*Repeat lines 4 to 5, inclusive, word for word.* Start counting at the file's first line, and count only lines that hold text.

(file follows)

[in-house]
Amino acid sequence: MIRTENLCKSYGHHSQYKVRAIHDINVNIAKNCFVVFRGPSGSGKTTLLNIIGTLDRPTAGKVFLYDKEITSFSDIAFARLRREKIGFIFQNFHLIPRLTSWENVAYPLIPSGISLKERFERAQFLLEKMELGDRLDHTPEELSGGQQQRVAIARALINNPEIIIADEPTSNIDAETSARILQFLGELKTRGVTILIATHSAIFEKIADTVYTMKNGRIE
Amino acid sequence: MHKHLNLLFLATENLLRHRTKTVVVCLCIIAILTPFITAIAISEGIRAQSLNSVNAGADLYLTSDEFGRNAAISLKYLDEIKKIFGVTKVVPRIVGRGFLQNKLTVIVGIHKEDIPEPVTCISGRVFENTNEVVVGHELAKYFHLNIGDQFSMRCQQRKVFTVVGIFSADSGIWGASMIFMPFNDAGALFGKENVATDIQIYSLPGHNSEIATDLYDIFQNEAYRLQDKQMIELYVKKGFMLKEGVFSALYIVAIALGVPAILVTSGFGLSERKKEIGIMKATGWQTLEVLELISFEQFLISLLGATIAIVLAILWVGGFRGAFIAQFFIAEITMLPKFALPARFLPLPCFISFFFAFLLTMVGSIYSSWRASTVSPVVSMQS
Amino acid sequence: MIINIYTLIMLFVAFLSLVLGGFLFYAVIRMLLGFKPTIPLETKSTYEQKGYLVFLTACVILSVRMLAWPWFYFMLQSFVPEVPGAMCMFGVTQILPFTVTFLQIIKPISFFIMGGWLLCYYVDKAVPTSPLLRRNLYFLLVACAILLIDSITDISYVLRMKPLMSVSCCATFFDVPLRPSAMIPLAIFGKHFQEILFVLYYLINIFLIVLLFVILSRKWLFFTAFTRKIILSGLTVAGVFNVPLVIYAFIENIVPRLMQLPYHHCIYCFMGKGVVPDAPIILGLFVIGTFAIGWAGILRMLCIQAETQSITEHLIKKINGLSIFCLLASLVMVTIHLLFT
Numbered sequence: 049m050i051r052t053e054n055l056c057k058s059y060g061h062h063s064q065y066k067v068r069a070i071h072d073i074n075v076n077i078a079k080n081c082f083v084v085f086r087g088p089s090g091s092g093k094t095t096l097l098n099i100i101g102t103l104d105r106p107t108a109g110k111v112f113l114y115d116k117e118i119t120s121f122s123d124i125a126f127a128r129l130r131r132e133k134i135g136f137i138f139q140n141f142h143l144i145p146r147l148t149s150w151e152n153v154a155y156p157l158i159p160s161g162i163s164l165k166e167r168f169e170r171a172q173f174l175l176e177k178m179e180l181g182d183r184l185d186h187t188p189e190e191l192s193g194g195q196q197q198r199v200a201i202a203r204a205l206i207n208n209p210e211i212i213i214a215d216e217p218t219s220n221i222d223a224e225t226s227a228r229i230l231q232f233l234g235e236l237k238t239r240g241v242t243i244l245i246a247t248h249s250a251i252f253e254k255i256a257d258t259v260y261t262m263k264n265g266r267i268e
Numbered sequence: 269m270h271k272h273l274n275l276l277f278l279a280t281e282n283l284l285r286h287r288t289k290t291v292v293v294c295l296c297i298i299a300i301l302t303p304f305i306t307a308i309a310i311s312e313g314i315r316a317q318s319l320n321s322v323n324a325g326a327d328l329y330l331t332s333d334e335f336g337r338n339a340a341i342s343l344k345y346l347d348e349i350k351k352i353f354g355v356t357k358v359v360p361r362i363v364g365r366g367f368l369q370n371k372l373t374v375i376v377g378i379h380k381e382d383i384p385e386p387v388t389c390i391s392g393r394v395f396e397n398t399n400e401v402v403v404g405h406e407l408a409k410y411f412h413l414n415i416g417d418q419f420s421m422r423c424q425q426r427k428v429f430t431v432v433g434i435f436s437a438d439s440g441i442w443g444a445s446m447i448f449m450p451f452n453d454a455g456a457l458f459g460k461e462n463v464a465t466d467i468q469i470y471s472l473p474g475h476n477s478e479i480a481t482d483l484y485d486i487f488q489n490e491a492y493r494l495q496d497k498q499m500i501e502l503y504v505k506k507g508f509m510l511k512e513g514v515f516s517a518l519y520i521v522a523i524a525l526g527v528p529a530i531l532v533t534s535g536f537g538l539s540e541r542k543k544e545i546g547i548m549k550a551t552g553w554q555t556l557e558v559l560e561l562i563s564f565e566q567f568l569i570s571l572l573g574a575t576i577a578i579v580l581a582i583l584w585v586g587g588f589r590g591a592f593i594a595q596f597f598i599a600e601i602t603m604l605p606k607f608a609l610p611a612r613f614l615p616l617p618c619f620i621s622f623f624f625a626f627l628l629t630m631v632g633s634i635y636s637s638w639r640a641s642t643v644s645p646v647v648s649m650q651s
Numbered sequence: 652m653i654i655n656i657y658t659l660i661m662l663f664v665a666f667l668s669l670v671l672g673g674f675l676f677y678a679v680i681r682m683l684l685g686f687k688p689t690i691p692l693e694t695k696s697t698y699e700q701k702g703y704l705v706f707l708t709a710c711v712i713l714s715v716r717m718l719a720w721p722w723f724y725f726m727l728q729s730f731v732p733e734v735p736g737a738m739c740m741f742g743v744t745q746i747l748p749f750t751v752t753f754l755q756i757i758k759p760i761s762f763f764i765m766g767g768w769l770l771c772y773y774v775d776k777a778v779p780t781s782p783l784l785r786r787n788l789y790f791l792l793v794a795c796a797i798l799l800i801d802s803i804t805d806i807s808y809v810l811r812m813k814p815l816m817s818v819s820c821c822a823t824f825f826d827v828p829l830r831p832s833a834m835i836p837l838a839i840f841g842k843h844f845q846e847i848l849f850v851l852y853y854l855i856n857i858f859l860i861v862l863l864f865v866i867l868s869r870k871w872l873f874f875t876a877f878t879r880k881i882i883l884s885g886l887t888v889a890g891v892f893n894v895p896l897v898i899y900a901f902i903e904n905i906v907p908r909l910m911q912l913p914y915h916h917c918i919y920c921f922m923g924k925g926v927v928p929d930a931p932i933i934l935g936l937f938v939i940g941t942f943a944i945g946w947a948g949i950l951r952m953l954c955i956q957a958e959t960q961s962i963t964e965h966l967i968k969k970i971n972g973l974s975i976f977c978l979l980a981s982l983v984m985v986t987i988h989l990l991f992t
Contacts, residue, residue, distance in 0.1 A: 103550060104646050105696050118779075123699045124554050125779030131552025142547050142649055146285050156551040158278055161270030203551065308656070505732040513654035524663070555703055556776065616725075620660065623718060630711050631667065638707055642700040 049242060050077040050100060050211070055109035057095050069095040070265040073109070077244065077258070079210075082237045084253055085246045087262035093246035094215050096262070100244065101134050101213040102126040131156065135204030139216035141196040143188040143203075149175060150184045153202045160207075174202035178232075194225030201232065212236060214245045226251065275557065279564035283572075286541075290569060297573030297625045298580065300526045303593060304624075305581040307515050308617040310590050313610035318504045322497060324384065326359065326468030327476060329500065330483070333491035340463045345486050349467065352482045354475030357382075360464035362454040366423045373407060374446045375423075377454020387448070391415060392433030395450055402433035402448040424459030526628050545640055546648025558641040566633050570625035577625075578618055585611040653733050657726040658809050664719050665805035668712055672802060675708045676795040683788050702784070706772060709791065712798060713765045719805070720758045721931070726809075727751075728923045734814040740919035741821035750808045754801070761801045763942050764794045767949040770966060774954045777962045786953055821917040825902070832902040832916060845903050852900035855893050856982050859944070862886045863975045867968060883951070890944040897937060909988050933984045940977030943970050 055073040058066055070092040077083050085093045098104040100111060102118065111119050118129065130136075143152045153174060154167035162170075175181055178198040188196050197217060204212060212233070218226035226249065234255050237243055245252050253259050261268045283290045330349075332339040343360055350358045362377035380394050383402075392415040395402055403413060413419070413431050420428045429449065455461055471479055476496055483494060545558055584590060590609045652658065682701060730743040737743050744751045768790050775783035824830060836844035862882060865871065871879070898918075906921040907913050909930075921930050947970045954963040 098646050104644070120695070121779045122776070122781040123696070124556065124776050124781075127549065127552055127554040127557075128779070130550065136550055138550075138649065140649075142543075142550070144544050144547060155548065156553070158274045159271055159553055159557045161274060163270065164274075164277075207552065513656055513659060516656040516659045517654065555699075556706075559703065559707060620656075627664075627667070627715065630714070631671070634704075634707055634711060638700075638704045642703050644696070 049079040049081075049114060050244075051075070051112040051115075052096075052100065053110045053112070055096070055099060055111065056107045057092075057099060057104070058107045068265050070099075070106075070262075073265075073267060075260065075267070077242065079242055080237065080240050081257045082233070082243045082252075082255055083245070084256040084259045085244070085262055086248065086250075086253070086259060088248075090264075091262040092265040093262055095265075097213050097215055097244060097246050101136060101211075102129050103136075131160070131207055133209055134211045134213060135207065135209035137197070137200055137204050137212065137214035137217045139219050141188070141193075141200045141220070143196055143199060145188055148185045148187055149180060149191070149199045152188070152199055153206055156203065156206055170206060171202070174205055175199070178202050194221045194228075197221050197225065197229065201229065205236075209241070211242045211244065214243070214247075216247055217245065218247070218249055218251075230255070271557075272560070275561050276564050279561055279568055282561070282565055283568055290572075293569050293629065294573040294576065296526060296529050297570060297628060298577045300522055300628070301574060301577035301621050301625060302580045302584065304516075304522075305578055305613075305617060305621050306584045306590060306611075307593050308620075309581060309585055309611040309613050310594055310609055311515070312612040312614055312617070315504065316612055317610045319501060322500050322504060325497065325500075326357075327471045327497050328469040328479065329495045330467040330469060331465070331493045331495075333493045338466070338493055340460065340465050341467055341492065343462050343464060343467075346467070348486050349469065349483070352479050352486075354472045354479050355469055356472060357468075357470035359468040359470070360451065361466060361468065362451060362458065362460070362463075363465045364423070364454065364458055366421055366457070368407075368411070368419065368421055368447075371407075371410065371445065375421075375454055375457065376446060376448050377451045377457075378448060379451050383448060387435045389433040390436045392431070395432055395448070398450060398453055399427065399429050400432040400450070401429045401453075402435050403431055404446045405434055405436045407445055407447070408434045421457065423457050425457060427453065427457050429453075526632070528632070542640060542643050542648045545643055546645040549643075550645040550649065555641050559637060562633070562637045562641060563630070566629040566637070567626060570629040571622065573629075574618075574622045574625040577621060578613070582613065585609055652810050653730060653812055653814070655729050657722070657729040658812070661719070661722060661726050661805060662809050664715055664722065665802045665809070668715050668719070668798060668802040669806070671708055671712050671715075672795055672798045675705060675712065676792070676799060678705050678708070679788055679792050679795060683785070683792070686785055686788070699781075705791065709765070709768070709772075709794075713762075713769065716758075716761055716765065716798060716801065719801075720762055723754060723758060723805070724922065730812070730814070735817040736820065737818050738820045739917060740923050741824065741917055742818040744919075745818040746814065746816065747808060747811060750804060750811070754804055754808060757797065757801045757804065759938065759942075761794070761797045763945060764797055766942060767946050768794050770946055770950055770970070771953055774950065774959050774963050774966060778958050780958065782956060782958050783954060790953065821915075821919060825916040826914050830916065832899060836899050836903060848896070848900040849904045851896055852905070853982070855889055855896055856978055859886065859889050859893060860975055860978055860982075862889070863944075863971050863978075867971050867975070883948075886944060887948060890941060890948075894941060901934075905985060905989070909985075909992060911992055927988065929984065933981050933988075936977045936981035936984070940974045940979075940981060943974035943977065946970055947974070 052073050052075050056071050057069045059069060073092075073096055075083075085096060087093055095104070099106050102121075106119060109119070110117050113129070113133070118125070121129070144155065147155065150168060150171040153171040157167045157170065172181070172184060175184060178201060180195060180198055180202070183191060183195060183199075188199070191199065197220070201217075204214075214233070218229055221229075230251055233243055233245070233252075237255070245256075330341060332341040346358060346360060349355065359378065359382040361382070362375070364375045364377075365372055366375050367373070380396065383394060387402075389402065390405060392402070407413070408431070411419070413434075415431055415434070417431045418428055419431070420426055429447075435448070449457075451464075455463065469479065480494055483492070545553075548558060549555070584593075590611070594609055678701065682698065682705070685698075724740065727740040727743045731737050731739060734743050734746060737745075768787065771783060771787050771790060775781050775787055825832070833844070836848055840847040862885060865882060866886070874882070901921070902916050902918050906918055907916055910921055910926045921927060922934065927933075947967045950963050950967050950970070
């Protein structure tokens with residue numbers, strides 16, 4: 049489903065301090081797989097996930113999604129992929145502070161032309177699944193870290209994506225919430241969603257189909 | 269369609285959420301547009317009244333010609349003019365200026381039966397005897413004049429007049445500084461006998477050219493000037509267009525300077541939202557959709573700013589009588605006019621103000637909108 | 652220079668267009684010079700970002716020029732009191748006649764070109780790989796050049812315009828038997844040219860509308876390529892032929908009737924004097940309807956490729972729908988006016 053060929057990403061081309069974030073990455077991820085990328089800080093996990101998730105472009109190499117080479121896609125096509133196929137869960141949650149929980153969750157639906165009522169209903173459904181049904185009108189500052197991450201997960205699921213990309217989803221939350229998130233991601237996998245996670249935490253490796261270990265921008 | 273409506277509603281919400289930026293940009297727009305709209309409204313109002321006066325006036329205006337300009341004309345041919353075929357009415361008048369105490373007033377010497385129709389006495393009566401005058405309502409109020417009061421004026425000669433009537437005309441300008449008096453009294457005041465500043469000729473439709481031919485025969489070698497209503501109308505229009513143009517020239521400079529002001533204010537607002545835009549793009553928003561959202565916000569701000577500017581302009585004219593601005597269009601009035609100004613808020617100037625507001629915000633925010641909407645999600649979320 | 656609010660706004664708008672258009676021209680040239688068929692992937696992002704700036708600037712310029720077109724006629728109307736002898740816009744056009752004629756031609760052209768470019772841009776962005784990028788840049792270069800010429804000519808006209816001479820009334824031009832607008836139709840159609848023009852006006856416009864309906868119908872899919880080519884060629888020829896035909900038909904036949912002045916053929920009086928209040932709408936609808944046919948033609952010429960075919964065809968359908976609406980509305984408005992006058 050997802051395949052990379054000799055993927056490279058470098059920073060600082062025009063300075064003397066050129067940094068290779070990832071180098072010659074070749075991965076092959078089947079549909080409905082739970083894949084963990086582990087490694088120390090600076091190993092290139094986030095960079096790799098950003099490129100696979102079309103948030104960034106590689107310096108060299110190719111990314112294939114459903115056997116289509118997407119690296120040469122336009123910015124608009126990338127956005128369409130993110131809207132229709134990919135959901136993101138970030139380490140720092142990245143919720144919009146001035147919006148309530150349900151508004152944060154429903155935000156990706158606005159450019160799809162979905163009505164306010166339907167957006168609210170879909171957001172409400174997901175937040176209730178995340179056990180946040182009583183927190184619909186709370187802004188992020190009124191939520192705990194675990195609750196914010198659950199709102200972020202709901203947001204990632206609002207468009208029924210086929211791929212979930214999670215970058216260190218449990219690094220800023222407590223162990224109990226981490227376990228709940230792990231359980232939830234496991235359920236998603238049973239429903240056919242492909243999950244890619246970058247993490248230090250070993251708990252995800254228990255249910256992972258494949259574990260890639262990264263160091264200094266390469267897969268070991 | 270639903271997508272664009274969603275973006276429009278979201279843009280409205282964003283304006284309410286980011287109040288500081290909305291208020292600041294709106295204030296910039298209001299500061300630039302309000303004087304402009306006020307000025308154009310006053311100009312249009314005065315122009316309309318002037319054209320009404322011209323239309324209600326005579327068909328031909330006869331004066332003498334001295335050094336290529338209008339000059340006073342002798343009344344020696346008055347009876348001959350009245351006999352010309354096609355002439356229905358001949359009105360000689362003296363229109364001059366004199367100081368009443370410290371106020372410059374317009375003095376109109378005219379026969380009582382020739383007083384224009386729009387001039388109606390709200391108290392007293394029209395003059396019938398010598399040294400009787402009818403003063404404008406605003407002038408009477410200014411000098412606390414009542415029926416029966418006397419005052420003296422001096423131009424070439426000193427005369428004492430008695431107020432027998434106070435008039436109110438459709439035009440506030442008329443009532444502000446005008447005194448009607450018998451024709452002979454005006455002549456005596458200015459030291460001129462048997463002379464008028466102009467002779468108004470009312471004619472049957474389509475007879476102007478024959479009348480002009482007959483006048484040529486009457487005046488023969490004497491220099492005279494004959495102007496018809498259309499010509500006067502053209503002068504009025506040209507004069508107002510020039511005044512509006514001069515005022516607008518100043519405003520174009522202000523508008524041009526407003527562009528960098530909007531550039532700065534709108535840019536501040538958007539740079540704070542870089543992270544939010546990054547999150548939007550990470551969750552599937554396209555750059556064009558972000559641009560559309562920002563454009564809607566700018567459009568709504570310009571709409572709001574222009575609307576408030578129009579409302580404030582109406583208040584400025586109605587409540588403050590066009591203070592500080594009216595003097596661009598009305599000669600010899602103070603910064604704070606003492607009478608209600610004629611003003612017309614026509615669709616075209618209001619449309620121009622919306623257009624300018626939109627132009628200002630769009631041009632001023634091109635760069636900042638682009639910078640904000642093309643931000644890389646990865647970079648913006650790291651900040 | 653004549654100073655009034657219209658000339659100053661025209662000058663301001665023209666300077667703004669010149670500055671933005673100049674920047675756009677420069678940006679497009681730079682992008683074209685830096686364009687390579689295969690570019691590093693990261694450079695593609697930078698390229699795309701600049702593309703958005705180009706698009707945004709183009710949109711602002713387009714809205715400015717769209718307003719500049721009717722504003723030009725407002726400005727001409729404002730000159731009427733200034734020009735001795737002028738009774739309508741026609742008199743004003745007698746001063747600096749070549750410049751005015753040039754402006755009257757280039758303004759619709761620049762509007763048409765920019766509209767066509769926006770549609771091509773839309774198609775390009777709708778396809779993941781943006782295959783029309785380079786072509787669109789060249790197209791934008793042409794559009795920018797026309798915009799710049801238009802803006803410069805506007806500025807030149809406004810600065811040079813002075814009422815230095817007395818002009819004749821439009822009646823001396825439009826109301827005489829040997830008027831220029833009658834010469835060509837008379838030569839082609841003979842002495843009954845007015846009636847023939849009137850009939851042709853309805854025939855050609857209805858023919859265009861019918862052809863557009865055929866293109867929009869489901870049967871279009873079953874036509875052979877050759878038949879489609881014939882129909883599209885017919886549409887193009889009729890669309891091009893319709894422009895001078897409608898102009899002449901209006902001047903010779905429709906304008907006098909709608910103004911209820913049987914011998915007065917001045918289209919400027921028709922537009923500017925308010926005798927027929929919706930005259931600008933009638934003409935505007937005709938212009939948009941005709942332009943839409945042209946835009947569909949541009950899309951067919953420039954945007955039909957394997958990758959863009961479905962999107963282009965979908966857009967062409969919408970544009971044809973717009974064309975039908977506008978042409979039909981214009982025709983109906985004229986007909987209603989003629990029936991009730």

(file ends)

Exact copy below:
Amino acid sequence: MIINIYTLIMLFVAFLSLVLGGFLFYAVIRMLLGFKPTIPLETKSTYEQKGYLVFLTACVILSVRMLAWPWFYFMLQSFVPEVPGAMCMFGVTQILPFTVTFLQIIKPISFFIMGGWLLCYYVDKAVPTSPLLRRNLYFLLVACAILLIDSITDISYVLRMKPLMSVSCCATFFDVPLRPSAMIPLAIFGKHFQEILFVLYYLINIFLIVLLFVILSRKWLFFTAFTRKIILSGLTVAGVFNVPLVIYAFIENIVPRLMQLPYHHCIYCFMGKGVVPDAPIILGLFVIGTFAIGWAGILRMLCIQAETQSITEHLIKKINGLSIFCLLASLVMVTIHLLFT
Numbered sequence: 049m050i051r052t053e054n055l056c057k058s059y060g061h062h063s064q065y066k067v068r069a070i071h072d073i074n075v076n077i078a079k080n081c082f083v084v085f086r087g088p089s090g091s092g093k094t095t096l097l098n099i100i101g102t103l104d105r106p107t108a109g110k111v112f113l114y115d116k117e118i119t120s121f122s123d124i125a126f127a128r129l130r131r132e133k134i135g136f137i138f139q140n141f142h143l144i145p146r147l148t149s150w151e152n153v154a155y156p157l158i159p160s161g162i163s164l165k166e167r168f169e170r171a172q173f174l175l176e177k178m179e180l181g182d183r184l185d186h187t188p189e190e191l192s193g194g195q196q197q198r199v200a201i202a203r204a205l206i207n208n209p210e211i212i213i214a215d216e217p218t219s220n221i222d223a224e225t226s227a228r229i230l231q232f233l234g235e236l237k238t239r240g241v242t243i244l245i246a247t248h249s250a251i252f253e254k255i256a257d258t259v260y261t262m263k264n265g266r267i268e